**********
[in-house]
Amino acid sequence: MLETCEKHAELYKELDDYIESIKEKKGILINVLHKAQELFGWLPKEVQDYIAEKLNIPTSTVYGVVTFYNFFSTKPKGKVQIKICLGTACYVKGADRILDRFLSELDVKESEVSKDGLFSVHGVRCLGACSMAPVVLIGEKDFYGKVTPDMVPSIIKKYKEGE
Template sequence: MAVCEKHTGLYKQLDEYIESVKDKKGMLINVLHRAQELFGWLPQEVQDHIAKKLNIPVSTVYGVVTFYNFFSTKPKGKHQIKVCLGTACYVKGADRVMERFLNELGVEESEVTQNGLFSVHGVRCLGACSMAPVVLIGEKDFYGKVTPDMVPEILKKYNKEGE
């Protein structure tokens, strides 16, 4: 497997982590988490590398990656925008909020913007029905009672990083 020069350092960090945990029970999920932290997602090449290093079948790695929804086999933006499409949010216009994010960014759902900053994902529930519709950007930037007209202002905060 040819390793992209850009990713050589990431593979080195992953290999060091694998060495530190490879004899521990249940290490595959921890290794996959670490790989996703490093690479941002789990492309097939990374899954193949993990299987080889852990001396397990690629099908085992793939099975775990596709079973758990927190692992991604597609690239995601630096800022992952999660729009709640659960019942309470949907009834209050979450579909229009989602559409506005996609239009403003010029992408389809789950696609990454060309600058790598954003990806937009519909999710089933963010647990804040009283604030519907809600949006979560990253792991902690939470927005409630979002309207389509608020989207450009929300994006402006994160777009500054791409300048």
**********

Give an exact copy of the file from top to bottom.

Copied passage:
[in-house]
Amino acid sequence: MLETCEKHAELYKELDDYIESIKEKKGILINVLHKAQELFGWLPKEVQDYIAEKLNIPTSTVYGVVTFYNFFSTKPKGKVQIKICLGTACYVKGADRILDRFLSELDVKESEVSKDGLFSVHGVRCLGACSMAPVVLIGEKDFYGKVTPDMVPSIIKKYKEGE
Template sequence: MAVCEKHTGLYKQLDEYIESVKDKKGMLINVLHRAQELFGWLPQEVQDHIAKKLNIPVSTVYGVVTFYNFFSTKPKGKHQIKVCLGTACYVKGADRVMERFLNELGVEESEVTQNGLFSVHGVRCLGACSMAPVVLIGEKDFYGKVTPDMVPEILKKYNKEGE
């Protein structure tokens, strides 16, 4: 497997982590988490590398990656925008909020913007029905009672990083 020069350092960090945990029970999920932290997602090449290093079948790695929804086999933006499409949010216009994010960014759902900053994902529930519709950007930037007209202002905060 040819390793992209850009990713050589990431593979080195992953290999060091694998060495530190490879004899521990249940290490595959921890290794996959670490790989996703490093690479941002789990492309097939990374899954193949993990299987080889852990001396397990690629099908085992793939099975775990596709079973758990927190692992991604597609690239995601630096800022992952999660729009709640659960019942309470949907009834209050979450579909229009989602559409506005996609239009403003010029992408389809789950696609990454060309600058790598954003990806937009519909999710089933963010647990804040009283604030519907809600949006979560990253792991902690939470927005409630979002309207389509608020989207450009929300994006402006994160777009500054791409300048």